With millions of Americans looking for work or working from home due to the novel coronavirus (COVID-19) crisis, the FBI has seen an uptick in fake job and hiring scams from opportunistic cybercriminals.
Fraudsters have been leveraging their purported positions as faux “employers” to persuade victims into believing they had a new job in an effort to steal their personal information or to get them to send money.
According to the FBI, “fake job scams have existed for a long time but technology has made this scam easier and more lucrative. Cybercriminals now pose as legitimate employers by spoofing company websites and posting fake job openings on popular online job boards.”
The scam involves fraudsters conducting false interviews with applicants, who then request personal information or money that can be transferred to a private location.
Criminals first spoof a legitimate company’s website by creating a domain name similar in appearance to a legitimate company, the FBI said. They then post phony job openings on popular job boards that direct applicants to the spoofed sites.
Applicants can apply on the spoofed company websites or directly on the job boards. Applicants are then contacted by email to conduct an interview using a teleconference application.
According to victims, cybercriminals impersonate personnel from different departments, including recruiters, talent acquisition, human resources, and department managers.
Victims will then later be offered jobs, where the applicants can work from home. In order to appear legitimate, the fraudsters send victims an employment contract to physically sign, and also request a copy of the victims’ driver’s licenses, Social Security numbers, direct deposit information, and credit card information.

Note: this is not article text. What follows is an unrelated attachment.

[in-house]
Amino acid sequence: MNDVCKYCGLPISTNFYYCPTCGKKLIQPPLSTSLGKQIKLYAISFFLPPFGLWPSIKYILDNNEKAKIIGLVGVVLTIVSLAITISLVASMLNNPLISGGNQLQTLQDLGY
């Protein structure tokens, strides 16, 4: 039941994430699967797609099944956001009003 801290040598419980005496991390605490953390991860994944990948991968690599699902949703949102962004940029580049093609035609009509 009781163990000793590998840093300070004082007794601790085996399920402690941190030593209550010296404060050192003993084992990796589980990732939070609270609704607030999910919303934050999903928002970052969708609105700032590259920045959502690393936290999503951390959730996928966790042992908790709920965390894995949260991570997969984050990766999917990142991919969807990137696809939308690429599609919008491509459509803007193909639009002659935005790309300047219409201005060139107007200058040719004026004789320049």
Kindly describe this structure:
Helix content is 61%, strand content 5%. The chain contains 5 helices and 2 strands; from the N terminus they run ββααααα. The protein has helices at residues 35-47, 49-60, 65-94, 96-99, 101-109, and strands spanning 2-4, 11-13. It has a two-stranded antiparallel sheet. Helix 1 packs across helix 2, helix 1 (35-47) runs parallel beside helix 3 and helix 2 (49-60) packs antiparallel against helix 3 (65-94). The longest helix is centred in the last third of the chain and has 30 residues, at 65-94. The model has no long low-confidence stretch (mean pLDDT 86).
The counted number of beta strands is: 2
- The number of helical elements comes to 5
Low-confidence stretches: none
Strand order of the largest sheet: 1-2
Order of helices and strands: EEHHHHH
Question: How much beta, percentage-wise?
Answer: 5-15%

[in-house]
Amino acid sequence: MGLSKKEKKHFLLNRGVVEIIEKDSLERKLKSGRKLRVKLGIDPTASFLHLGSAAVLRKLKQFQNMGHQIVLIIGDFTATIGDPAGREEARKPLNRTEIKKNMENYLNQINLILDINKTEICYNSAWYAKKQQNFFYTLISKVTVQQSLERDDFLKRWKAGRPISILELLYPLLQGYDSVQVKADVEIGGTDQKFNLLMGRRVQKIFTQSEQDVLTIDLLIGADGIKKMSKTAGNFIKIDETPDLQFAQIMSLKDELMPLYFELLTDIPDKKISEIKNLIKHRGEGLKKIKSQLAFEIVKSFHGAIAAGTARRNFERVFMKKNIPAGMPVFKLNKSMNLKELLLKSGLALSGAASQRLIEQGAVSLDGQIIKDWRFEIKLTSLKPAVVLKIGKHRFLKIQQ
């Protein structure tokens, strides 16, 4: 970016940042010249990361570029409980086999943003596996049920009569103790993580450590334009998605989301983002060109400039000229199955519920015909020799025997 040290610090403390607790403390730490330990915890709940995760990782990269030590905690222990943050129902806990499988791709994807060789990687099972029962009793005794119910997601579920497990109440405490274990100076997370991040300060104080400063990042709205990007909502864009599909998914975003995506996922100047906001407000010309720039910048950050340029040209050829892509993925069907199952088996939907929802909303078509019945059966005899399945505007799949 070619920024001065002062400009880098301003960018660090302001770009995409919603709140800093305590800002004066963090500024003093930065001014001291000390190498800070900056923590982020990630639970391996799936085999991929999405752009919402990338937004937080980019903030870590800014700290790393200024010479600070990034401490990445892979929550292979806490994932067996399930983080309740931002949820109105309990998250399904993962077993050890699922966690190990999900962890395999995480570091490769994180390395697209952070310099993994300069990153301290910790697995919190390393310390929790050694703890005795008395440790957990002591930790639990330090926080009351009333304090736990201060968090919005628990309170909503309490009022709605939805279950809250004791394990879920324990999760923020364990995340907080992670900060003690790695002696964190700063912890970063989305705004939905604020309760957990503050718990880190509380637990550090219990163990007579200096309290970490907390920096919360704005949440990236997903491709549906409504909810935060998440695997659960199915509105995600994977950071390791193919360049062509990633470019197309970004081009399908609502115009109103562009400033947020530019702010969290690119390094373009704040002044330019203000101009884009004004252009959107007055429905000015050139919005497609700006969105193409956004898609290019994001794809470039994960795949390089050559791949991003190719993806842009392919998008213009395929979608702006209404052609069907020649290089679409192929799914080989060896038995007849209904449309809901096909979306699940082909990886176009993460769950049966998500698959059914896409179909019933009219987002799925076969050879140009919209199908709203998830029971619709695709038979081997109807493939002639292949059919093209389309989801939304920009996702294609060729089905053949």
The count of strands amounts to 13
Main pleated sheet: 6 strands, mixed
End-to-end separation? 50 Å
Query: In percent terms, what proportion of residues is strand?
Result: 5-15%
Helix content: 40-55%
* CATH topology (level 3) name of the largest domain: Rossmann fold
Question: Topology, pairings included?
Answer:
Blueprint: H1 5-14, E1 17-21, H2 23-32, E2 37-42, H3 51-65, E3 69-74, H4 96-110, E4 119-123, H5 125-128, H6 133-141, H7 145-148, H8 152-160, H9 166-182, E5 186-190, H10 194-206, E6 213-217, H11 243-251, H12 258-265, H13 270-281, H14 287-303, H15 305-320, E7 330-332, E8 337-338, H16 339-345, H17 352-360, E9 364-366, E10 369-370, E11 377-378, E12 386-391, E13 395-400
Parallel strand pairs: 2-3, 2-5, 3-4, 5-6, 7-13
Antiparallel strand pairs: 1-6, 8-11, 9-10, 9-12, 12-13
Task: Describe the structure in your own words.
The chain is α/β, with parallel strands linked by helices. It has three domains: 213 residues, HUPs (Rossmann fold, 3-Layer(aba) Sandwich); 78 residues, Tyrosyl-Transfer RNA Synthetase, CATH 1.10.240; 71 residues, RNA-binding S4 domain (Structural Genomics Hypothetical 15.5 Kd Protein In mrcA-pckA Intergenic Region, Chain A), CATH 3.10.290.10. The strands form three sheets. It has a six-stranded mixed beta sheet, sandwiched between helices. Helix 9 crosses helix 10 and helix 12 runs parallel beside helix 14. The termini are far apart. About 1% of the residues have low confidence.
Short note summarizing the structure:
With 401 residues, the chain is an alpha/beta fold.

According to the FBI, since 2019, victims have reported numerous examples of this scam to the FBI, with the average reported loss at nearly $3,000 per victim, in addition to the damage to the victims’ credit scores.
"While hiring scams have been around for many years, cybercriminals’ emerging use of spoofed websites to harvest PII and steal money shows an increased level of complexity,” the FBI noted. “Criminals often lend credibility to their scheme by advertising alongside legitimate employers and job placement firms, enabling them to target victims of all skill and income levels.”
The FBI offered tips to help avoid becoming a victim of a job scam:
- Conduct a web search of the hiring company using the company name only. Results that return multiple websites for the same company (abccompany.com and abccompanyllc.com) may indicate fraudulent job listings;
- Legitimate companies will ask for PII and bank account information for payroll purposes AFTER hiring employees. This information is safer to give in-person. If in-person contact is not possible, a video call with the potential employer can confirm identity, especially if the company has a directory against which to compare employee photos;
- Never send money to someone you meet online, especially by wire transfer;
- Never provide credit card information to an employer;
- Never provide bank account information to employers without verifying their identity;
- Never share your Social Security number or other PII that can be used to access your accounts with someone who does not need to know this information;
- Before entering PII online, make sure the website is secure by looking at the address bar. The address should begin with “https://”, not “http://”;
- However: criminals can also use https:// to give victims a false sense of security. A decision to proceed should not be based solely upon the use of “https://”.
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